Centralised logging with systemd and journald

In this post I am going to use existing systemd components to build a centralised logging server with minimal configuration of systemd and journald. It’s lightweight and I can use tools I am already familiar with such as journalctl to read and parse the logs.


I run a small cluster of Raspberry Pis, a mix of version 3 and version 4. One of them has started powering off when it pleases, without warning and uncerimoniously dumping any system logs that might help diagnose an issue.

It looks like the default configuration of journald on the Raspberry Pi sets Storage=auto. When the persistent store directory at /var/log/journal doesn’t exist journal messages are stored in memory only. We could change this setting but sending logs from the rest of the cluster to a central server sounds more fun and I expect will be more useful if the cluster grows.

I have considered third-party services, running an ELK stack, rsyslogd but all are more effort than I am willing to put in for a £30 computer terminating itself.

The Raspberry Pis I have are all at Debian 10 and run systemd. I discovered that amongst (many) other things systemd will send journal messages to another host. I can use systemd-journal-remote to receive and ship messages!

I’m going to use my desktop computer that runs Arch Linux to receive messages. It already has systemd-journal-remote installed as part of the systemd package.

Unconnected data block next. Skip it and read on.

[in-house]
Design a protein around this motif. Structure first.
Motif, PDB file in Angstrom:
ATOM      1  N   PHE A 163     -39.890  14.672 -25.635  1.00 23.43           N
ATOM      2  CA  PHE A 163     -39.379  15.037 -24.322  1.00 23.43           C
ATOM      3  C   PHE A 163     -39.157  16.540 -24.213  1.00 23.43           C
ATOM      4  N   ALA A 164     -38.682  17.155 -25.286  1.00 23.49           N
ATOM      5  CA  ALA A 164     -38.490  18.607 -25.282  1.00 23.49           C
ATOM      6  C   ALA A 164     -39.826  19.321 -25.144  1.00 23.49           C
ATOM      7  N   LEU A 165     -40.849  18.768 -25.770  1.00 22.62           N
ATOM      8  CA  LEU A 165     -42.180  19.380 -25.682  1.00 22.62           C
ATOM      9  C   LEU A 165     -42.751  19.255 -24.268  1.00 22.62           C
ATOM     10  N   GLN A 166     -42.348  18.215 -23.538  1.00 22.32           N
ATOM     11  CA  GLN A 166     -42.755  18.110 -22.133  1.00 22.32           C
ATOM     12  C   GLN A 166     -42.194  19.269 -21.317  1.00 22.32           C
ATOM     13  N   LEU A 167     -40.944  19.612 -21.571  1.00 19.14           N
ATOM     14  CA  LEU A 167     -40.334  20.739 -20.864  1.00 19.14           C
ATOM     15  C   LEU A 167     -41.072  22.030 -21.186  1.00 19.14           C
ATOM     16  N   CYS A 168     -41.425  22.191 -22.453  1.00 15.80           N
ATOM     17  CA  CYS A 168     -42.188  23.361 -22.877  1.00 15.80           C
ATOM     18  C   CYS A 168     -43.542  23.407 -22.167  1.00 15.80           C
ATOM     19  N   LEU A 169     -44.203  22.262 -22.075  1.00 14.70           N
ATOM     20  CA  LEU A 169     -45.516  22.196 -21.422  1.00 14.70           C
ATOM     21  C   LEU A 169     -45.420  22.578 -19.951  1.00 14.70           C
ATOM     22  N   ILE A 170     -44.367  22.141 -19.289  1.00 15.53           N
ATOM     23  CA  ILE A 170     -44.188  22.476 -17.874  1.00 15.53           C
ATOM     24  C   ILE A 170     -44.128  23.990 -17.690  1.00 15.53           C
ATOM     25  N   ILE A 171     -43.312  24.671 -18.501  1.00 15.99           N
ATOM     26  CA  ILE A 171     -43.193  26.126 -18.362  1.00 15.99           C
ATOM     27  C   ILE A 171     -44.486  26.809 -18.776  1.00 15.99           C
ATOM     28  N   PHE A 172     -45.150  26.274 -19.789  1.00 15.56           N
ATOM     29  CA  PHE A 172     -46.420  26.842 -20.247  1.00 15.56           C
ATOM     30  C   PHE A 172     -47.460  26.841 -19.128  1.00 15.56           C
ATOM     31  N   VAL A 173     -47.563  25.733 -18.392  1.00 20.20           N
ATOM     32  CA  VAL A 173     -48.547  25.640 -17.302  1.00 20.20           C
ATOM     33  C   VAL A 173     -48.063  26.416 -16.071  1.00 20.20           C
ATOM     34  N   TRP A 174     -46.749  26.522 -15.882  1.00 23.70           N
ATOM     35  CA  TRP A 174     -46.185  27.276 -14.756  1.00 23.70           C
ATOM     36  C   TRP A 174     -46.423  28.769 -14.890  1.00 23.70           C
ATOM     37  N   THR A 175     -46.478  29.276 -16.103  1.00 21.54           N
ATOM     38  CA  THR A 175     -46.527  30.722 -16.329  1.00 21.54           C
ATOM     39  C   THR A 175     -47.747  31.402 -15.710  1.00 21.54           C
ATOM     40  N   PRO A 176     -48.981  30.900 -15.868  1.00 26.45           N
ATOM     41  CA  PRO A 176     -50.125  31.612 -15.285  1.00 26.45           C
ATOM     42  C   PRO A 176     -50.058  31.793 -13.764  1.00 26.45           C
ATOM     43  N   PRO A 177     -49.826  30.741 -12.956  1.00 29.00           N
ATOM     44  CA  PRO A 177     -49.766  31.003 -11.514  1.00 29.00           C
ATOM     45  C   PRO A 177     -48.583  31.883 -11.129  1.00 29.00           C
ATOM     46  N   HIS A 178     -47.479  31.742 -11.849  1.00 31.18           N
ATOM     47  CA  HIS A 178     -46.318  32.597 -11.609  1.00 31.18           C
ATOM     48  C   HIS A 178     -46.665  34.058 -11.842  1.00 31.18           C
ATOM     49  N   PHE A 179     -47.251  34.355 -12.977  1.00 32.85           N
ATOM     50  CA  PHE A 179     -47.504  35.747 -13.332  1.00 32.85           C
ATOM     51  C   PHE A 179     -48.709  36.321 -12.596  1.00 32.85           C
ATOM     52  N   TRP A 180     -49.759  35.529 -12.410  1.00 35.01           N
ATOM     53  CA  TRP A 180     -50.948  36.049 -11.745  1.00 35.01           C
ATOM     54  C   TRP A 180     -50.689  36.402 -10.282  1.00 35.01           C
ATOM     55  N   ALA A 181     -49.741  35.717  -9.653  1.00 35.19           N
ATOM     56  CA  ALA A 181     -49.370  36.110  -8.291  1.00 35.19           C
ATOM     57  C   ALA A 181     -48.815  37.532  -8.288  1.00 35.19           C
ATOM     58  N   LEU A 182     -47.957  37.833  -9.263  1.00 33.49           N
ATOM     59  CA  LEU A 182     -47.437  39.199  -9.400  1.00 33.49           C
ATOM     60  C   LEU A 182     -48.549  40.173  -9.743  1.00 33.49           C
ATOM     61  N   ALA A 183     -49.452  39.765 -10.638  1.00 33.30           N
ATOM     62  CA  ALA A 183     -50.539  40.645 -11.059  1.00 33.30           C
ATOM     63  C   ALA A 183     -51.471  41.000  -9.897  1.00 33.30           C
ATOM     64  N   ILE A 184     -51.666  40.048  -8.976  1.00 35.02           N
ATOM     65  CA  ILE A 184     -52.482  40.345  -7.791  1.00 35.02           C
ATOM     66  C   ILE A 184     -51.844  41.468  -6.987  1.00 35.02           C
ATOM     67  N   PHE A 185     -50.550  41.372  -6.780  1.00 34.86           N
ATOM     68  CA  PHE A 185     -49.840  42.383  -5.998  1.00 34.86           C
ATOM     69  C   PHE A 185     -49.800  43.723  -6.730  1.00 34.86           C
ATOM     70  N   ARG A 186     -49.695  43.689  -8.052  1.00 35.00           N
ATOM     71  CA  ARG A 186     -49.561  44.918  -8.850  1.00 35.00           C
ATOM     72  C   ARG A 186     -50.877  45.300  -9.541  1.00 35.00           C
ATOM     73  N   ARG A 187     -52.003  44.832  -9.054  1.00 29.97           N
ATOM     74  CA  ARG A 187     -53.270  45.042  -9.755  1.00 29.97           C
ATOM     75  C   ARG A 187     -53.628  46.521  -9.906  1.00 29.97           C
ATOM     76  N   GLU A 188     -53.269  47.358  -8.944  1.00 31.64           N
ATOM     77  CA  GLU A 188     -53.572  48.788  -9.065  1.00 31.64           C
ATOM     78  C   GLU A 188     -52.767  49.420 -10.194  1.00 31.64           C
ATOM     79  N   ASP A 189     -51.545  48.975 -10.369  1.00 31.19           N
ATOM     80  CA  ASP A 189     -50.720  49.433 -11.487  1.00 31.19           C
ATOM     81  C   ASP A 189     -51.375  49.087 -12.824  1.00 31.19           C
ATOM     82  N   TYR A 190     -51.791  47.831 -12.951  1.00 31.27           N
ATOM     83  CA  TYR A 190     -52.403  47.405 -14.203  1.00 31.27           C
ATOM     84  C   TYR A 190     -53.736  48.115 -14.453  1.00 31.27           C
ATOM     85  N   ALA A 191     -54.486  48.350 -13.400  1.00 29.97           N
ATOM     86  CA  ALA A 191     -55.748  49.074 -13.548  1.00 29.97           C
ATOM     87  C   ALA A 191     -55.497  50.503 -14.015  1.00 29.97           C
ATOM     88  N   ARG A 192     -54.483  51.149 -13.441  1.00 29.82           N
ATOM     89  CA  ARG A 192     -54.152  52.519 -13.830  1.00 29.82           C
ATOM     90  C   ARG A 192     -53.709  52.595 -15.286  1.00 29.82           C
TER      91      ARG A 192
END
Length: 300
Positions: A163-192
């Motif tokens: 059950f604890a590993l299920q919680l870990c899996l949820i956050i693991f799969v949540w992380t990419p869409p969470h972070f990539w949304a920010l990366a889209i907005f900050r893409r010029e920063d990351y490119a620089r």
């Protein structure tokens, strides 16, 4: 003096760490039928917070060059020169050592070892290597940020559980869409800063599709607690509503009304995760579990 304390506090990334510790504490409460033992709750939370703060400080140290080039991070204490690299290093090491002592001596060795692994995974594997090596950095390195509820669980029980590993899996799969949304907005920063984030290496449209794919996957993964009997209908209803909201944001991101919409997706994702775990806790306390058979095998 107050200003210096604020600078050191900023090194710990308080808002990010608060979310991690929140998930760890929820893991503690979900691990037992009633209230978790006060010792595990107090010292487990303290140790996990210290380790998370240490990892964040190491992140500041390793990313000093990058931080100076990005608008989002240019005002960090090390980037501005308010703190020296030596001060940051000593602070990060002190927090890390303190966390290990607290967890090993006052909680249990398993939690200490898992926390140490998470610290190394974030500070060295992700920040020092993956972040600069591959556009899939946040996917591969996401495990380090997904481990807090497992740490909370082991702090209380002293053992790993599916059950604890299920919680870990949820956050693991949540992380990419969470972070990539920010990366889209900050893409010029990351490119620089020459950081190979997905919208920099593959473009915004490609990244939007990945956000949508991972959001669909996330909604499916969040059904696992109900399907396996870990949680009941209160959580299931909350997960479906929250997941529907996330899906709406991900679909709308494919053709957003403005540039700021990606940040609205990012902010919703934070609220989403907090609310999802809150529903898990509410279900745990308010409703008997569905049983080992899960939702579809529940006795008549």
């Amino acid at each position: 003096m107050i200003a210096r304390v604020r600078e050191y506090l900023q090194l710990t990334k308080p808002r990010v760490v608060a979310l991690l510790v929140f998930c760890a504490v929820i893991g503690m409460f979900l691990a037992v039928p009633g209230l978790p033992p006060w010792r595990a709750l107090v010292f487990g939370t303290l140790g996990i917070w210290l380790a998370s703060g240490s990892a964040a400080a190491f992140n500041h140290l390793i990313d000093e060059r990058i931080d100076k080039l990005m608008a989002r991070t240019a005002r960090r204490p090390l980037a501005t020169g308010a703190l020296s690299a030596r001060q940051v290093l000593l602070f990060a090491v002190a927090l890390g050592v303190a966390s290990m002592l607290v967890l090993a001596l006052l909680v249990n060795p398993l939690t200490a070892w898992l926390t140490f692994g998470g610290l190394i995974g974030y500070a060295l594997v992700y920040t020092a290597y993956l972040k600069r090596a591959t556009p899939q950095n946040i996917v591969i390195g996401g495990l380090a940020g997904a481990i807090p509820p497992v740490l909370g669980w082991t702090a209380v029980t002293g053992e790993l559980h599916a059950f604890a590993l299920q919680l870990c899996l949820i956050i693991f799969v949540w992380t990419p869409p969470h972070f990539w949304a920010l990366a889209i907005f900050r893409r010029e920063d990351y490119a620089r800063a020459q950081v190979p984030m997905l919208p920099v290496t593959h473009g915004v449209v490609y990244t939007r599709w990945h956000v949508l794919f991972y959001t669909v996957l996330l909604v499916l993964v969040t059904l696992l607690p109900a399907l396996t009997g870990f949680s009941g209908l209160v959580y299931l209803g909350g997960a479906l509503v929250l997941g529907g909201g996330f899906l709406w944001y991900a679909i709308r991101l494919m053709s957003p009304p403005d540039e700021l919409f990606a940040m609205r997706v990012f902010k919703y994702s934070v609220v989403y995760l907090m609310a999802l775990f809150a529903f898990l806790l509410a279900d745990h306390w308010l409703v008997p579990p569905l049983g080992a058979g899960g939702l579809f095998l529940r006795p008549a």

Create an override configuration for the systemd-journal-remote.service unit file.

sudo systemctl edit systemd-journal-remote.service

The remote listener by default expects TLS configuration but I’m going to use plain HTTP. The following configuration switches the listen argument from HTTPS to HTTP.

ExecStart=/usr/lib/systemd/systemd-journal-remote --listen-http=-3 --output=/var/log/journal/remote/

We can reload unit file changes and start the service.

sudo systemctl daemon-reload
sudo systemctl enable --now systemd-journal-remote.service

By default the listener uses port 19532 so we can check it’s listening.

$ sudo ss -tlnp | grep 19532
LISTEN  0  4096  *:19532  *:*  users:(("systemd-journal",pid=3568731,fd=3),("systemd",pid=1,fd=152))

Great, receiver is started and listening! You might need to open the port on your firewall, I’m using nftables and have a rule like this in an input chain.

tcp dport 19532 counter accept comment "systemd-journal-remote"


The raspberry pis have systemd already but not the systemd-journal-remote package

sudo apt-get update && \
    sudo apt-get install systemd-journal-remote -y

Edit the file /etc/systemd/journal-upload.conf that contains the configuration for the upload service. Uncomment and set the URL= key to the IP of your receiving host and the default port 19532. Leave the TLS and certificate settings commented out.


Now start the upload service

sudo systemctl enable --now systemd-journal-upload.service

If that has worked the directory /var/log/journal/remote should be populated with journal files from your remote hosts! You can read them with journalctl like you would system logs.

journalctl --follow --directory=/var/log/journal/remote _HOSTNAME=raspberry-pi-3

Find more fields to filter by with journalctl --output=json-pretty.